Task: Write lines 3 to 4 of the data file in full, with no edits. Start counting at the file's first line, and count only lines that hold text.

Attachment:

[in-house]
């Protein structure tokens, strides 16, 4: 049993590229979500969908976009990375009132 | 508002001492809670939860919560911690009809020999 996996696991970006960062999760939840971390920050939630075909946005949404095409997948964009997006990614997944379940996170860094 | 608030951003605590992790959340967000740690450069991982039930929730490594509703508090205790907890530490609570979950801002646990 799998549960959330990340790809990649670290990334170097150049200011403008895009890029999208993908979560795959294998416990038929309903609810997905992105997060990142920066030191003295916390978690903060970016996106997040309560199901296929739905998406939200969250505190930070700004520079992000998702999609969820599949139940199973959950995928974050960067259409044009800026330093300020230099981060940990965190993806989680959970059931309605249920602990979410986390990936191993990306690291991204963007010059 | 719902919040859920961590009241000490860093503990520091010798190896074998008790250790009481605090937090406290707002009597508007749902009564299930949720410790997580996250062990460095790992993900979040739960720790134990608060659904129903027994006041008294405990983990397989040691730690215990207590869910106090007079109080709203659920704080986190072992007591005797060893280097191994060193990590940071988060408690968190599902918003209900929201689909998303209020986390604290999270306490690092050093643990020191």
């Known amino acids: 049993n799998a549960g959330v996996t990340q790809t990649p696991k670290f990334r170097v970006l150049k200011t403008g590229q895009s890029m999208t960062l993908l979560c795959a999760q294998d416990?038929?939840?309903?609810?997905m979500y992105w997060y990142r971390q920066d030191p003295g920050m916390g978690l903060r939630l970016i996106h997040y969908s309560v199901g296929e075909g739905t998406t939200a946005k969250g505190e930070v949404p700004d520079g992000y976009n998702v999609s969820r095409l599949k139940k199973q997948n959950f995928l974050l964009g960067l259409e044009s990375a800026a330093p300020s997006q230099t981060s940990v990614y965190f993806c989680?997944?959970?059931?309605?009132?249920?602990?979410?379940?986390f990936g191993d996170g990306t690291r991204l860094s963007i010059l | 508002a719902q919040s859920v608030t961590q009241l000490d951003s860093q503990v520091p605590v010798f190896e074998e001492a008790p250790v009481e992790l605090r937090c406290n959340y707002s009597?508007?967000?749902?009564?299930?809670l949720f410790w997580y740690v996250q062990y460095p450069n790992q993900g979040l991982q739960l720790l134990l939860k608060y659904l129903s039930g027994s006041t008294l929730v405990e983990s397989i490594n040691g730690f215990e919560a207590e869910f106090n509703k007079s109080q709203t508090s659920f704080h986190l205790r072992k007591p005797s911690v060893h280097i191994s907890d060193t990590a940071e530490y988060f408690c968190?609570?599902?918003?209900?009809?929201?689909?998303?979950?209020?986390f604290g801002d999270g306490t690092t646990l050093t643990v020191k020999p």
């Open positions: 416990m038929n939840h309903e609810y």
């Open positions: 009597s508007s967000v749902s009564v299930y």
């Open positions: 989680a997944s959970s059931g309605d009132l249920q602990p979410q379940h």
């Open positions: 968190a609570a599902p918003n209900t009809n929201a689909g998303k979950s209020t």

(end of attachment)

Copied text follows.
């Known amino acids: 049993n799998a549960g959330v996996t990340q790809t990649p696991k670290f990334r170097v970006l150049k200011t403008g590229q895009s890029m999208t960062l993908l979560c795959a999760q294998d416990?038929?939840?309903?609810?997905m979500y992105w997060y990142r971390q920066d030191p003295g920050m916390g978690l903060r939630l970016i996106h997040y969908s309560v199901g296929e075909g739905t998406t939200a946005k969250g505190e930070v949404p700004d520079g992000y976009n998702v999609s969820r095409l599949k139940k199973q997948n959950f995928l974050l964009g960067l259409e044009s990375a800026a330093p300020s997006q230099t981060s940990v990614y965190f993806c989680?997944?959970?059931?309605?009132?249920?602990?979410?379940?986390f990936g191993d996170g990306t690291r991204l860094s963007i010059l | 508002a719902q919040s859920v608030t961590q009241l000490d951003s860093q503990v520091p605590v010798f190896e074998e001492a008790p250790v009481e992790l605090r937090c406290n959340y707002s009597?508007?967000?749902?009564?299930?809670l949720f410790w997580y740690v996250q062990y460095p450069n790992q993900g979040l991982q739960l720790l134990l939860k608060y659904l129903s039930g027994s006041t008294l929730v405990e983990s397989i490594n040691g730690f215990e919560a207590e869910f106090n509703k007079s109080q709203t508090s659920f704080h986190l205790r072992k007591p005797s911690v060893h280097i191994s907890d060193t990590a940071e530490y988060f408690c968190?609570?599902?918003?209900?009809?929201?689909?998303?979950?209020?986390f604290g801002d999270g306490t690092t646990l050093t643990v020191k020999p």
């Open positions: 416990m038929n939840h309903e609810y």